Friday, October 28, 2011

Archaeology at the Eustis Street Fire House

One of the biggest challenges HBI encountered during construction at the Eustis Street Fire House was excavating next to a historic cemetery that contains many unmarked graves.  Although we made every effort to minimize digging, there was no way of avoiding it altogether, since we were building a new addition behind the fire house on the footprint of the earlier stable addition, which collapsed 20 years ago.   Our new addition would not include a basement, but it needed a foundation and footings, so some excavation was unavoidable.   

Historical research revealed that the land beneath the fire house had once been part of the Eliot Burying Ground.    Further, town records stated that when the fire house was built in 1859, a “large number of human remains were thrown out in excavating for the cellar.”   It was a little shocking to learn that our predecessors would simply “throw out” the remains they encountered, and it was not clear where they would have put them – but hopefully not where we needed to excavate. 

Success Has Many Fathers….

HBI congratulates the City of Boston and Mayor Menino, Boston’s preservation community, Emerson College and Suffolk University on receipt of a National Honor Award for revitalization of the historic theaters on Washington Street at the National Preservation Conference in Buffalo last week.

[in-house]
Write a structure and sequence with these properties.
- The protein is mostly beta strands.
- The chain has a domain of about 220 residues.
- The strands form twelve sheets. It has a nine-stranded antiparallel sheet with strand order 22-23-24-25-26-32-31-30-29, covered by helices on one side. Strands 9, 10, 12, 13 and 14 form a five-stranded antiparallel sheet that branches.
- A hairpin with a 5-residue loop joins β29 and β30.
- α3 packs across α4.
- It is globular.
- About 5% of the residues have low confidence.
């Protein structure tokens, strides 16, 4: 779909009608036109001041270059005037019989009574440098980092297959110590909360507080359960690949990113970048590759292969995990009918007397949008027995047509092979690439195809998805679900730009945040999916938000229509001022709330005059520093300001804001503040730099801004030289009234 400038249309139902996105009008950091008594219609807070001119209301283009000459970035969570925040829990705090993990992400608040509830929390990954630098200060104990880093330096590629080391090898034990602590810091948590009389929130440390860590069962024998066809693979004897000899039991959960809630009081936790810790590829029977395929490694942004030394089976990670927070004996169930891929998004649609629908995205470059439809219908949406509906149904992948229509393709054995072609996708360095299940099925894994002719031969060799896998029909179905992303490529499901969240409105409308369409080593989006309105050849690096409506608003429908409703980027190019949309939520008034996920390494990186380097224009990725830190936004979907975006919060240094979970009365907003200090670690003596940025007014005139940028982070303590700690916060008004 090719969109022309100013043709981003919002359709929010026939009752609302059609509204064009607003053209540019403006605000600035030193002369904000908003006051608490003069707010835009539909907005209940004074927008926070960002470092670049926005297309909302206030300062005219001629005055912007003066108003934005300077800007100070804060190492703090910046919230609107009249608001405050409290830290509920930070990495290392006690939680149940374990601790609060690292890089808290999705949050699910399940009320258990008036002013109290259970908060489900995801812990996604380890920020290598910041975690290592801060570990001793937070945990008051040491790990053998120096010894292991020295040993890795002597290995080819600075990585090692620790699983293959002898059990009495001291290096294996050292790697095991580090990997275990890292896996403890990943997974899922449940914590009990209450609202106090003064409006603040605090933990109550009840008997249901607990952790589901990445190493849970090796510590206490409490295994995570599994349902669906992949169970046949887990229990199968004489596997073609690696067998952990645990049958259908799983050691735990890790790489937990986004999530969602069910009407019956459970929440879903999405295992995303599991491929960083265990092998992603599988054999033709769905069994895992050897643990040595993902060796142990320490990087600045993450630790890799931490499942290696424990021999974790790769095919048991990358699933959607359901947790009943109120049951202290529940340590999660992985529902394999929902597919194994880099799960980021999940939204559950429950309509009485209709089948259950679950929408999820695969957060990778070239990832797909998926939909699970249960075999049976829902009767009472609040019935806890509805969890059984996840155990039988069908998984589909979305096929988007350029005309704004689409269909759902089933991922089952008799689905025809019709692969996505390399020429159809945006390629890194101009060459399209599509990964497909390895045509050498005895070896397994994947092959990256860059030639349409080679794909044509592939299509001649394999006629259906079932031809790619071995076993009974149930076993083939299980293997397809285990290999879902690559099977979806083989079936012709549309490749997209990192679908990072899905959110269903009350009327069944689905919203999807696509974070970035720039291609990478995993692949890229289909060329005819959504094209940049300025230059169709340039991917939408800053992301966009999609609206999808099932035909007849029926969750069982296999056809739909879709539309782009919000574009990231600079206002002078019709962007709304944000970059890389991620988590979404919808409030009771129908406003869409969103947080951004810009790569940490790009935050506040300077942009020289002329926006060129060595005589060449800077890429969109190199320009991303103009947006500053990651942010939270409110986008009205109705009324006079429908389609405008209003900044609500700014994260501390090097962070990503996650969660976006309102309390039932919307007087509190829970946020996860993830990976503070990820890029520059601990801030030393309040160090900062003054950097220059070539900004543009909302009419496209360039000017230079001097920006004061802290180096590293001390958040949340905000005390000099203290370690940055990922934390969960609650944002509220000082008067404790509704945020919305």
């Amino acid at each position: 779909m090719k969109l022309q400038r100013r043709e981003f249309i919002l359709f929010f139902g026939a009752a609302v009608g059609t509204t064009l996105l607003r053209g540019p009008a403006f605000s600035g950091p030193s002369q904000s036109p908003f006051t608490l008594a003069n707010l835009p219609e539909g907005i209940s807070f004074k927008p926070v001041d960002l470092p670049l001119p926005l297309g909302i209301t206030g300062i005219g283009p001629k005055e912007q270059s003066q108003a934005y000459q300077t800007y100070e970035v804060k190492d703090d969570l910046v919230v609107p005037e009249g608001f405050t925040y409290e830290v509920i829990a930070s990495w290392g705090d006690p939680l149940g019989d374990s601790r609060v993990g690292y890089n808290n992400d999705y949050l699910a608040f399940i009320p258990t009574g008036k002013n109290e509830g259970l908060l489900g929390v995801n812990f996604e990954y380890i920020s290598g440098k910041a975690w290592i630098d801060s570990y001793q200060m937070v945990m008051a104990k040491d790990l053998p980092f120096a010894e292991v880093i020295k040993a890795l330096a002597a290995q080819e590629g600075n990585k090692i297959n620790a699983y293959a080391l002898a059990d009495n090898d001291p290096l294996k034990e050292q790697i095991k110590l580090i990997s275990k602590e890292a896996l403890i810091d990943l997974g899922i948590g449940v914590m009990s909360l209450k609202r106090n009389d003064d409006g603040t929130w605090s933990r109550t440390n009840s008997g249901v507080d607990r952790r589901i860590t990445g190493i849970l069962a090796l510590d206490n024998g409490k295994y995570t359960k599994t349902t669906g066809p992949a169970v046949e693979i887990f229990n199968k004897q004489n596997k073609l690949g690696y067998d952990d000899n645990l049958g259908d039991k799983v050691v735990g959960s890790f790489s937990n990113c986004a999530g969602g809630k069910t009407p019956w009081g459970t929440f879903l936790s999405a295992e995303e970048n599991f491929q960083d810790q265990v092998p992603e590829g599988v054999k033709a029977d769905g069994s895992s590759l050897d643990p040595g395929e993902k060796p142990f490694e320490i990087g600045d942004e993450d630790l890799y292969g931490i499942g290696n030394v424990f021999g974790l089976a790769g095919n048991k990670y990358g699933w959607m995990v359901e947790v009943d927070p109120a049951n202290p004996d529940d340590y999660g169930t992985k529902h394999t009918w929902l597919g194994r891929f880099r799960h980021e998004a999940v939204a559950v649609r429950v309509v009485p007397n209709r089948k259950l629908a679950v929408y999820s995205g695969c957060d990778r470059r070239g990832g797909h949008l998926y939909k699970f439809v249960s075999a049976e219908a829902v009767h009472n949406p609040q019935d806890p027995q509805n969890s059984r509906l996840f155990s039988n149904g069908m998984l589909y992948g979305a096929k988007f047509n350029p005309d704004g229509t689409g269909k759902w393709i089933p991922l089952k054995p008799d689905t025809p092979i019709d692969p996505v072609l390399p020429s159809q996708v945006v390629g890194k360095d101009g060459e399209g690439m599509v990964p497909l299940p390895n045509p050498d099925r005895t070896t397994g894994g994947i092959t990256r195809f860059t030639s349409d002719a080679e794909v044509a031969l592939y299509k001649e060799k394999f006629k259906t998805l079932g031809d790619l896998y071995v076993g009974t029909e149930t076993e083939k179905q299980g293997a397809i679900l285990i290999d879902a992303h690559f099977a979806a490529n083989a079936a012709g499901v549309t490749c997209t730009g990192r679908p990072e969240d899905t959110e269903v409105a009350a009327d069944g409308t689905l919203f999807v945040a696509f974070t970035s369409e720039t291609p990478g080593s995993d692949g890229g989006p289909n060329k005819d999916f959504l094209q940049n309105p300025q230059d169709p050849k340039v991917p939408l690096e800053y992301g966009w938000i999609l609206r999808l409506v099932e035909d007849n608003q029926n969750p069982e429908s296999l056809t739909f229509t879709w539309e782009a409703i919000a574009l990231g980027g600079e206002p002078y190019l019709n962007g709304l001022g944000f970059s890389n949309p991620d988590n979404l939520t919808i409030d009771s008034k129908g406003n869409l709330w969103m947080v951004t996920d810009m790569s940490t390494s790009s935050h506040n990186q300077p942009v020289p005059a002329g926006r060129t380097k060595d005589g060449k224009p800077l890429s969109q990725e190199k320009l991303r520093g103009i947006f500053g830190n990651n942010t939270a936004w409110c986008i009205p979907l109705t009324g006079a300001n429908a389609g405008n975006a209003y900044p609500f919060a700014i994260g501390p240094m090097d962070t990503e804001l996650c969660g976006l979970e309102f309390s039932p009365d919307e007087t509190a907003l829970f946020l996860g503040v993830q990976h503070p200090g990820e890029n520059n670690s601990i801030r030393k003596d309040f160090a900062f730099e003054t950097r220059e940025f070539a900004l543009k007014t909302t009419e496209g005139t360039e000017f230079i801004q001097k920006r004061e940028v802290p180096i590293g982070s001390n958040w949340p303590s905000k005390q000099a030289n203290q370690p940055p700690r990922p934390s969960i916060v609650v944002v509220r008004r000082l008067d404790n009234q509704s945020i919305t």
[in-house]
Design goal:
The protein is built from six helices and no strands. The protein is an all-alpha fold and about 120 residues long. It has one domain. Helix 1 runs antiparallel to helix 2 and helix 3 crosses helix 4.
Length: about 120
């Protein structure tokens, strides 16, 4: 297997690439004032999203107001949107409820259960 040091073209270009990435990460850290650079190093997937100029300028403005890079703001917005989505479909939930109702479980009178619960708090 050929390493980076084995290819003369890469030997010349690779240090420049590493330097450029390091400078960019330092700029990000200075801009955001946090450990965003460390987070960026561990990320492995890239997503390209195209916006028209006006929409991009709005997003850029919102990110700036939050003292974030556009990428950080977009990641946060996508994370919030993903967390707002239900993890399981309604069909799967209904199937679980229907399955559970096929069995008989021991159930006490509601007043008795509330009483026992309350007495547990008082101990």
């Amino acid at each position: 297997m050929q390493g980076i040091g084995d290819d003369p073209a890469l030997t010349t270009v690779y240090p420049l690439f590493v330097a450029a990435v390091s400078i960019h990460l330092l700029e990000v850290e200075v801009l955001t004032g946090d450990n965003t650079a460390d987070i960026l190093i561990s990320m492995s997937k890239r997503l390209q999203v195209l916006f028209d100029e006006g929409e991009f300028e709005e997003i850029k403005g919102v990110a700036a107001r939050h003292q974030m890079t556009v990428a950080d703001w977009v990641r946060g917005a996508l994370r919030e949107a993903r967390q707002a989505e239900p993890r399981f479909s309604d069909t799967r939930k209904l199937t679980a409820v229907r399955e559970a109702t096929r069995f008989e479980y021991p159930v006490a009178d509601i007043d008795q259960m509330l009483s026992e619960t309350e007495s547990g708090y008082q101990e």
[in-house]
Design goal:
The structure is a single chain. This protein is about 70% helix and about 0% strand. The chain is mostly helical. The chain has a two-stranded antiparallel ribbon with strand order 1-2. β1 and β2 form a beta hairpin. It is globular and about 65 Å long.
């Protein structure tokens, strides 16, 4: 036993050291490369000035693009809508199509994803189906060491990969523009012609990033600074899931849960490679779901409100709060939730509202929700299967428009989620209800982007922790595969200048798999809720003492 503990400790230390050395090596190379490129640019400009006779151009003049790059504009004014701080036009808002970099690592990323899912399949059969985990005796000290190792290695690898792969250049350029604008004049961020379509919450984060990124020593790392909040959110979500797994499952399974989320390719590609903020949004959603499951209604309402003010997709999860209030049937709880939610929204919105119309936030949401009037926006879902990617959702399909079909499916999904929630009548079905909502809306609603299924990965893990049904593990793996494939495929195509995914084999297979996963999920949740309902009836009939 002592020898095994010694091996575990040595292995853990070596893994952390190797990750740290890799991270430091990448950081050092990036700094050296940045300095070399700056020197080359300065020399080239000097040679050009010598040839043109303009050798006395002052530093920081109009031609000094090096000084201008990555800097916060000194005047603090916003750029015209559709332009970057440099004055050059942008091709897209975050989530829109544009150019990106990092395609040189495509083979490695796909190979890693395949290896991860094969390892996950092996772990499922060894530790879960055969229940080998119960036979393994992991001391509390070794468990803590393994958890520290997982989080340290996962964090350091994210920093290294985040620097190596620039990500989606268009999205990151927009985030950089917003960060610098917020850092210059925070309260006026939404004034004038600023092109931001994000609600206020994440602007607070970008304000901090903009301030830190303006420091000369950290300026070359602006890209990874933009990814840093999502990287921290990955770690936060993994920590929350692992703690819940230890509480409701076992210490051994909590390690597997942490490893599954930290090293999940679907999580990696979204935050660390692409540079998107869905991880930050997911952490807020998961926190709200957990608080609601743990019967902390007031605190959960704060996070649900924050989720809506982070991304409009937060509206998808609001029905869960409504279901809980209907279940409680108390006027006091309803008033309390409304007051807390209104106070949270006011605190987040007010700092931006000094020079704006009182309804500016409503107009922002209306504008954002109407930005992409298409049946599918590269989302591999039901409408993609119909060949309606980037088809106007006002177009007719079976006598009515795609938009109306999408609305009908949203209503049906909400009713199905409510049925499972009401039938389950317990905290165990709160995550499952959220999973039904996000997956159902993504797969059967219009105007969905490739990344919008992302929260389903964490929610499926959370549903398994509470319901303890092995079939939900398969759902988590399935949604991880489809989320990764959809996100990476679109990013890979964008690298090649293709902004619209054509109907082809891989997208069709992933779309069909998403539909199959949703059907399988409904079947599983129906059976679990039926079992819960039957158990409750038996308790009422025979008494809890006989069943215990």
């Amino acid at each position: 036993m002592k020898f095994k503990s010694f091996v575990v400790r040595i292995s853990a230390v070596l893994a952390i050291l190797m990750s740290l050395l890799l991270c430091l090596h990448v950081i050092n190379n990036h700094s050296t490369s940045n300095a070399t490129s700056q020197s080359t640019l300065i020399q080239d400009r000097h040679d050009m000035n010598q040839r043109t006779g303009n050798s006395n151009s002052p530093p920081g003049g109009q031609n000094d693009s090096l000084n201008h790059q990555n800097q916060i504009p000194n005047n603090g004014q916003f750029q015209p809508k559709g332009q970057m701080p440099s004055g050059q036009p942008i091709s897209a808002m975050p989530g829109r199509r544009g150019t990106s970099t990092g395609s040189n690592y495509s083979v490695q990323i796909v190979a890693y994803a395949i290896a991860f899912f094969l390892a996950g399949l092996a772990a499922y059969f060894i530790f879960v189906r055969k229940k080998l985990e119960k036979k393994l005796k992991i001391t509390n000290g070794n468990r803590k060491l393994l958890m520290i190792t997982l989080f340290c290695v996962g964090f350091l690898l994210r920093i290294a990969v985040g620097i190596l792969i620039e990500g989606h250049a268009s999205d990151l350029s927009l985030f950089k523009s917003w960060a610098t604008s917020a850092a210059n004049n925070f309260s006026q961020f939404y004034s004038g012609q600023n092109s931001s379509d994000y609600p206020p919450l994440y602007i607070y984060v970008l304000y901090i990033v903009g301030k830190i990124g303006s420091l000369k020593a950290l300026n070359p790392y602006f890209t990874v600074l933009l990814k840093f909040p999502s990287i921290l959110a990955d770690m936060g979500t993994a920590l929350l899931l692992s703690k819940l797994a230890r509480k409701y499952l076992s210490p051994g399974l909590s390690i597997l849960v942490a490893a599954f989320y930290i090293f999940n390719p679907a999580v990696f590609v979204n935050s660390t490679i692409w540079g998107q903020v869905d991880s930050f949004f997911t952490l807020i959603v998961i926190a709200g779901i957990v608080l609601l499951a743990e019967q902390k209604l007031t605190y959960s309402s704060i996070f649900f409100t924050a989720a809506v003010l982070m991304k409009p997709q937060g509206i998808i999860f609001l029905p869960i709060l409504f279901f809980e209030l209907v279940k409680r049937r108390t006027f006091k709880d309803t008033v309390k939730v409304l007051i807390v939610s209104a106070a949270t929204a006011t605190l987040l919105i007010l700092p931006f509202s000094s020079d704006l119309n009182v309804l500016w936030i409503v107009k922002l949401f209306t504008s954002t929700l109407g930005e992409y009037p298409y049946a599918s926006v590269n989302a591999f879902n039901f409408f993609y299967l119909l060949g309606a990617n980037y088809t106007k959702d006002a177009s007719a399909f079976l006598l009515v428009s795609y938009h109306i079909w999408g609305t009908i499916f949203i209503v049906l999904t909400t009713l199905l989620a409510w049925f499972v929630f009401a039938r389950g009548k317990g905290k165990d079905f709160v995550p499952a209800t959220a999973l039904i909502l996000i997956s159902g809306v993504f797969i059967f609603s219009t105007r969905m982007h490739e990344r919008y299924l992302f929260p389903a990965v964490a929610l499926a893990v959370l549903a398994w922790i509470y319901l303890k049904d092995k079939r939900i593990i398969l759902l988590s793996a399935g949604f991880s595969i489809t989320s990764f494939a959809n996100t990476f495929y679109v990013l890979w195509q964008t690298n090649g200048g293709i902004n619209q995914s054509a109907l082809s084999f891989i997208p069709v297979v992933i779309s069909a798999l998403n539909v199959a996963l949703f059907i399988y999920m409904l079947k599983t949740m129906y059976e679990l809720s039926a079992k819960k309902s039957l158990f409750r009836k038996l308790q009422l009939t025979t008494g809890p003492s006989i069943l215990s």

It was 15 years ago that Boston’s preservation community gathered together in a charette that would change the course of the theater district.  In a testimony to confidence and tenacity, the public and private partnership of organizations and agencies set about advocacy and technical measures that would set the stage for the excellent work of Suffolk University and Emerson College at the Modern and Paramount Theatres. 

HBI is proud to have played an active role in that effort, intervening with the BRA in the condemnation of the Modern Theatre in 2003. Then-director Stanley Smith conducted a structural assessment of the building  and secured an agreement with the BRA for removal and preservation of the Modern’s parapet masonry.  We’re recycling a blog post from 2010 that tells the story:

BIG Difference.  BIG change. Congratulations everyone!

Friday, October 21, 2011

Painting by History: Choosing Historically Accurate Paint Colors for The Anna Clapp Harris Smith House

Article written by Historic Boston's 1772 Foundation Fellow and Project Manager, Peter Erhartic

Many changes have been occurring at Historic Boston’s Anna Clapp Harris Smith House in Dorchester. Over the past year the façade as been restored back to its federal roots after a 100 year detour into Victorian detailing. But, perhaps most notable, is the progression of paint colors on the buildings front façade. When Historic Boston began work at the property, the house was shingled and brown. After the shingles were peeled back, grey clapboards were revealed. A peach primer coat was soon added, followed by a second coat of its current yellow color. In the coming year the house will be painted its final color which will be (drum roll please)…. Mannered Gold. What is Mannered Gold and how did Historic Boston choose this color? We chose the color by careful historical paint analysis, of course.

Friday, October 14, 2011

Upcoming Preservation Alliance Workshop For Religious Properties

“Before the Snow Flies….”